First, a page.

donderdag 18 december 2008

The 'two truths' idea in Theravada

If you agree that the Abhidhamma is part of the Pali Canon and if you think that the Abhidhammattha Sangaha describes the Abhidhamma well and if you think the introduction and guides and notes of Bhikkhu Bodhi to it is strict according Theravada orthodoxy, then I use a quote of it:
"According to the Abhidhamma philosophy, there are two kind of realities - the conventional (sammuti) and the ultimate (paramattha). Conventional realities are the referents of ordinary conceptual thought (pannatti) … The Abhidhamma philosophy maintains that these notions do not possess ultimate validity, for the objects which they signify do not exist in their own right as irreducible realities. …
Ultimate realities, in contrast, are things that exist by reason of their own intrinsic nature (sabhava). These are the dhammas: the final, irreducible components of existence .." (p. 25)
This is not Bhikkhu Bodhi's private opinion but a description of a deep rooted (mainly in Burma) view on the two truths according Abhidhamma.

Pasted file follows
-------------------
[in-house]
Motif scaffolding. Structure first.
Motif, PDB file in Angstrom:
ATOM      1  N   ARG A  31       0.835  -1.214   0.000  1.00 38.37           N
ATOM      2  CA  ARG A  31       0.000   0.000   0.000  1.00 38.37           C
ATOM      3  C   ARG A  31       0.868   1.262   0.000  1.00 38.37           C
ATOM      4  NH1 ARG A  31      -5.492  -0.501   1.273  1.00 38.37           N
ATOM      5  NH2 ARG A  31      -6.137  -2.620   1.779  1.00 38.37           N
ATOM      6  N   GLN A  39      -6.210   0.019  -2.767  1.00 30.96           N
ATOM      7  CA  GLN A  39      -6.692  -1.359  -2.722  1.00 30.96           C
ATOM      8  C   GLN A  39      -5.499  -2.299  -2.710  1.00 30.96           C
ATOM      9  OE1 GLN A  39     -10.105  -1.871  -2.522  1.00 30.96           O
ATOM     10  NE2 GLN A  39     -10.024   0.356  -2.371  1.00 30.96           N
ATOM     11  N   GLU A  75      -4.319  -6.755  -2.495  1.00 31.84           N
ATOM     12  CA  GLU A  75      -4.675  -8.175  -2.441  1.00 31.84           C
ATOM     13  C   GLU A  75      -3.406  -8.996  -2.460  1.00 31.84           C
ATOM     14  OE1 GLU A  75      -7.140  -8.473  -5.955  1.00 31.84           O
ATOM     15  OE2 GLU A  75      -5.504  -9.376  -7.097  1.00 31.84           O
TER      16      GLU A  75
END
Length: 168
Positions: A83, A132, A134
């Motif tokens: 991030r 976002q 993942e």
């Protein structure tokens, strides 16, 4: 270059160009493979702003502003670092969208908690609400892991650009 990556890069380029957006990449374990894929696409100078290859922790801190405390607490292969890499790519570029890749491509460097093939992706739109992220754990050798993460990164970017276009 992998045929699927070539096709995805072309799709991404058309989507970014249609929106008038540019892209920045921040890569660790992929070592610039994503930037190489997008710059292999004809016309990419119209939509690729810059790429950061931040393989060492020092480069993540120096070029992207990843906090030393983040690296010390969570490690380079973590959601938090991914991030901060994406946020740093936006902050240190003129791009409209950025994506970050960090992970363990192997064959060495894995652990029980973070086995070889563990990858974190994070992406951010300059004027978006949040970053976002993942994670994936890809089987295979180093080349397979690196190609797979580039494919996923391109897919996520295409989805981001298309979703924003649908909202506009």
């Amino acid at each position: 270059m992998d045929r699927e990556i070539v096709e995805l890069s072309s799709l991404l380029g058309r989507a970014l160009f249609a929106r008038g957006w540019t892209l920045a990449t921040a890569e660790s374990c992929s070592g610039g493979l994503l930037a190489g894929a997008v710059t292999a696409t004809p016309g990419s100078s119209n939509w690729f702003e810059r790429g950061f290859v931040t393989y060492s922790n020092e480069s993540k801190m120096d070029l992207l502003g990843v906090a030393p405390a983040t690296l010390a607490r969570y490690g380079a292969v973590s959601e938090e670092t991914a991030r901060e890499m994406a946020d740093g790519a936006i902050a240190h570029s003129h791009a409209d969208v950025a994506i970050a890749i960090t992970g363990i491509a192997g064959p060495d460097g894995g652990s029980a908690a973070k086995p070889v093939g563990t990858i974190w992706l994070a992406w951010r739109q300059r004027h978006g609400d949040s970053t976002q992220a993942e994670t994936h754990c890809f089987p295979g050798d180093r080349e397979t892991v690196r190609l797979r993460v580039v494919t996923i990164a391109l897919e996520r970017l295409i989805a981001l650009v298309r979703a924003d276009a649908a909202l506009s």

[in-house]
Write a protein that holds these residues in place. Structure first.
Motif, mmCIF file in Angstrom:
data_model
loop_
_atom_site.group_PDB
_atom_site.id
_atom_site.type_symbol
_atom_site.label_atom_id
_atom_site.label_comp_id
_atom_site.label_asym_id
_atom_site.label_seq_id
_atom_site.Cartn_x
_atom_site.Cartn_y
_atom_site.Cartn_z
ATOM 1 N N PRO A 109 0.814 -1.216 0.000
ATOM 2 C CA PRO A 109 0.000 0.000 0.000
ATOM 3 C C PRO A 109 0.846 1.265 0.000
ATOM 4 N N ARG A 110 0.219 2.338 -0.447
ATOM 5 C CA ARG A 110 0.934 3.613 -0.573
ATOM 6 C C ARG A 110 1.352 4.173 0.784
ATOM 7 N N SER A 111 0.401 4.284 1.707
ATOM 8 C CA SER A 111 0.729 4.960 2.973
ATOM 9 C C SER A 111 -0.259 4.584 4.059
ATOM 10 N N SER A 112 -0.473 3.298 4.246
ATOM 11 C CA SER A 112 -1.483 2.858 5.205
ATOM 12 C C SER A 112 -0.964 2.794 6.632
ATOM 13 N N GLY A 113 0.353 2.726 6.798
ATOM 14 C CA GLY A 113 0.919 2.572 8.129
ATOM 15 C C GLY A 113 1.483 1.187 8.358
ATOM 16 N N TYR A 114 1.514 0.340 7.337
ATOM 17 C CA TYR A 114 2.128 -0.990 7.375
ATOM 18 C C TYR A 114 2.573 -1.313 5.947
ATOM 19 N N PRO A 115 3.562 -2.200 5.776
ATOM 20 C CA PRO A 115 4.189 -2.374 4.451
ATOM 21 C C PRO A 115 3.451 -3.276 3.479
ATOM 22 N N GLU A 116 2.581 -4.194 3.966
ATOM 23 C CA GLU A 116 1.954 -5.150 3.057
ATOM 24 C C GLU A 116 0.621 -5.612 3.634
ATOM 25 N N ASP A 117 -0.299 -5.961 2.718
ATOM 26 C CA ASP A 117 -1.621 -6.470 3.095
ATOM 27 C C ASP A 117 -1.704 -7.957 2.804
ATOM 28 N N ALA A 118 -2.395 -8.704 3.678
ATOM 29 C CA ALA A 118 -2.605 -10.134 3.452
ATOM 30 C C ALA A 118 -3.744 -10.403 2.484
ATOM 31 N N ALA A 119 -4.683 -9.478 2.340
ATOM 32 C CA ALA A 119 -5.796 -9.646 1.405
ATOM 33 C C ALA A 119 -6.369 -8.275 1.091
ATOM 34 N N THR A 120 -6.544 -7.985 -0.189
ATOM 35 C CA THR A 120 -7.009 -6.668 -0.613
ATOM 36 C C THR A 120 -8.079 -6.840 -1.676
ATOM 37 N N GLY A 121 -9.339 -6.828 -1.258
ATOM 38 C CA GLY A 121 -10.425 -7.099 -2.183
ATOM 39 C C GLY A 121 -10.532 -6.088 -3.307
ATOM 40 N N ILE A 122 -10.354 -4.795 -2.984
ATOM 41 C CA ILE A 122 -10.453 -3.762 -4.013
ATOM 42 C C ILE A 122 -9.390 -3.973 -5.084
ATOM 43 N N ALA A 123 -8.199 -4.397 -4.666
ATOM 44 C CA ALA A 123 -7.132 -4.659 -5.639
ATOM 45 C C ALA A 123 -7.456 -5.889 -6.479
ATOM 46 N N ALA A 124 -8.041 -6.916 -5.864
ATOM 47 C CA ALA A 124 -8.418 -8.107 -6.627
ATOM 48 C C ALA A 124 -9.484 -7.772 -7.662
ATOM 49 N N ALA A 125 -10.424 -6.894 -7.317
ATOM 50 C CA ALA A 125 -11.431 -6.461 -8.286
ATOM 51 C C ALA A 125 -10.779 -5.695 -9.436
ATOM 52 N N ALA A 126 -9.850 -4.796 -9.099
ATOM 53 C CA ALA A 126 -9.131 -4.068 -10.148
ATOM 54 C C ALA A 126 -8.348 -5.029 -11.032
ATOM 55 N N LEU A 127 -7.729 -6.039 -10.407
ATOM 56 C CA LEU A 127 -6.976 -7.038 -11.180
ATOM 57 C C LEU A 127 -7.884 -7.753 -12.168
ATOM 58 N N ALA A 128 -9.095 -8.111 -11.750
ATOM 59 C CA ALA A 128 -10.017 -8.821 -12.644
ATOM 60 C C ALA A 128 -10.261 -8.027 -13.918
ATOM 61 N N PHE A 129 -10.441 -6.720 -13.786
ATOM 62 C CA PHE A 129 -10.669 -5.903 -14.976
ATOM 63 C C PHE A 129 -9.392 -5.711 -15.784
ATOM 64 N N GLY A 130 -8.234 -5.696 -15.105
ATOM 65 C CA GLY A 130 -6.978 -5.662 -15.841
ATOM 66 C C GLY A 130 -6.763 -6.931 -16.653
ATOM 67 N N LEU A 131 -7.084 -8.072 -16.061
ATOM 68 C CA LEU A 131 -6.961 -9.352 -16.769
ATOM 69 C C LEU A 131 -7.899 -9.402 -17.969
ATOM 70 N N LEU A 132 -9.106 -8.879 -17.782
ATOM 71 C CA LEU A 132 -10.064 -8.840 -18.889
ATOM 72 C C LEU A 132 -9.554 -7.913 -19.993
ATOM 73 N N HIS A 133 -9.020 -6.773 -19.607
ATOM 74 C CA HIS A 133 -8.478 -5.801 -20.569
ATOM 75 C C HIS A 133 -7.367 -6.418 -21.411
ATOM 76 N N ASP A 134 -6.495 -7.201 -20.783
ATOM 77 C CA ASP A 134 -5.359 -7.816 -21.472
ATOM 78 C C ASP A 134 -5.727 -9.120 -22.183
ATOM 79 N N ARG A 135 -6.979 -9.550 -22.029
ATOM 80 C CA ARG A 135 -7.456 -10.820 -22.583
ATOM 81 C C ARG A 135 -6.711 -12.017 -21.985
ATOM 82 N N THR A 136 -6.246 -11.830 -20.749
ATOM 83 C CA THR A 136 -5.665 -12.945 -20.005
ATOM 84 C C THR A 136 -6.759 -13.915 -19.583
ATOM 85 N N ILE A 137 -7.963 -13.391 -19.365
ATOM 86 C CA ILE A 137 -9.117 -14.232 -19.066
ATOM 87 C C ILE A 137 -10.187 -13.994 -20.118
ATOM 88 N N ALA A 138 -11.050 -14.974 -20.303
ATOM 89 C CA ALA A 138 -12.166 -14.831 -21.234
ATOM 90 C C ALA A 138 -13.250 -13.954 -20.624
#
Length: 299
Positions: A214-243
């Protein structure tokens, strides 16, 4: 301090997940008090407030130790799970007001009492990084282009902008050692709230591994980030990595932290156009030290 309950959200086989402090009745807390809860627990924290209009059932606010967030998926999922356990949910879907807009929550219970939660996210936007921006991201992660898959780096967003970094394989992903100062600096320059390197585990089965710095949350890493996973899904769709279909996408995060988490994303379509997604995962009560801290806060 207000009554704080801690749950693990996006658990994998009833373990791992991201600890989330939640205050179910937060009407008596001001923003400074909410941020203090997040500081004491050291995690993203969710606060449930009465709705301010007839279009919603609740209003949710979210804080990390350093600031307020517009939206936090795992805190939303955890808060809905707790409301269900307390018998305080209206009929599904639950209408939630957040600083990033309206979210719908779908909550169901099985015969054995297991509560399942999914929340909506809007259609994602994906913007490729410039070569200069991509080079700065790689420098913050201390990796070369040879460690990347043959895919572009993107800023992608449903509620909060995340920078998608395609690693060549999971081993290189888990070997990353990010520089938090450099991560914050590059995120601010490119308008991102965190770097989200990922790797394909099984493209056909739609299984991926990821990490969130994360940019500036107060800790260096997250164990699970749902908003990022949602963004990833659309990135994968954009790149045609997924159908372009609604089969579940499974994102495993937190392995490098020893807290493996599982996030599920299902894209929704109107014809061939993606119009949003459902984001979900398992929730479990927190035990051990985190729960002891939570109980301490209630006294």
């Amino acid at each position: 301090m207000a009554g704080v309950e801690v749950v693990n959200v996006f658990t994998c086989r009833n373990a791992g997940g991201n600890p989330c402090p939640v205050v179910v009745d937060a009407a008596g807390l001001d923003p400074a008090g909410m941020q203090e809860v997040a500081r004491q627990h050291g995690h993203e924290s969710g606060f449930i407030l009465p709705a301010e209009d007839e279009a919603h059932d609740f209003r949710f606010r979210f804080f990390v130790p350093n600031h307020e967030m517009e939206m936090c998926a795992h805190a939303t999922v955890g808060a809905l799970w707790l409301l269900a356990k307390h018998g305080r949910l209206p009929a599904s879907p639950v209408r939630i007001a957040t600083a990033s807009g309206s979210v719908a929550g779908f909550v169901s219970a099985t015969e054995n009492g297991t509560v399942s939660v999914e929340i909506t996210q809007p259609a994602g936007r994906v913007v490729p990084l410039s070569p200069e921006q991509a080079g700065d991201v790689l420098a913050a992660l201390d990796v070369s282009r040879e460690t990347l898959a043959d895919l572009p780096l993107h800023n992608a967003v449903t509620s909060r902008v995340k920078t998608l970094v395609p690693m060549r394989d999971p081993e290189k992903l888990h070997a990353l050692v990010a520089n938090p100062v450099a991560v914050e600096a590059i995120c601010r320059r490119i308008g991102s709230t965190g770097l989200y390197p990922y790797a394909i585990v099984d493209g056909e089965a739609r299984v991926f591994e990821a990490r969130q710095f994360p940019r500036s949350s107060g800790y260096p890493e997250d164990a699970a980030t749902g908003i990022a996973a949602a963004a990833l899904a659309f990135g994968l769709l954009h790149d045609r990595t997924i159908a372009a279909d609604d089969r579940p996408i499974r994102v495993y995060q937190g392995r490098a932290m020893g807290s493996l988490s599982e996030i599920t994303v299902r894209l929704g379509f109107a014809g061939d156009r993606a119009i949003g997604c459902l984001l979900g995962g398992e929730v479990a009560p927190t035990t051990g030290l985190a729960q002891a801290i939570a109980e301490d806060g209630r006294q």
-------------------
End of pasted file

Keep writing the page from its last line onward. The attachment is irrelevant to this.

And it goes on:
As far as I know this two truth idea does not occur in Abhidhamma texts themselves but were developed later; perhaps in the same period when in Mahayana the two truths ideas were developed.
If you however think this is not what the Buddha teached, that this is essentialism and an ontological interpretation of the Dhamma that however had to be understood in a soteriological and phenemenological way (Nyanaponika Thera), then I agree with you.
The for a Theravadin most usefull translation and introduction to Nagarjuna's 'Philosophy of the Middle Way' is of the (Sri Lankan born) David Kalupahana. To him this text is a commentary on the Kaccayanagotta Sutta, with its core;
" 'Everythings exists,' - this, Kaccayana, is one extreme
'Everything does not exist,' - this, Kaccayana is the second extreme
Kaccayana, without approaching either extreme, the Tathagata teaches
you a doctrine by the middle." (SN 12:15)

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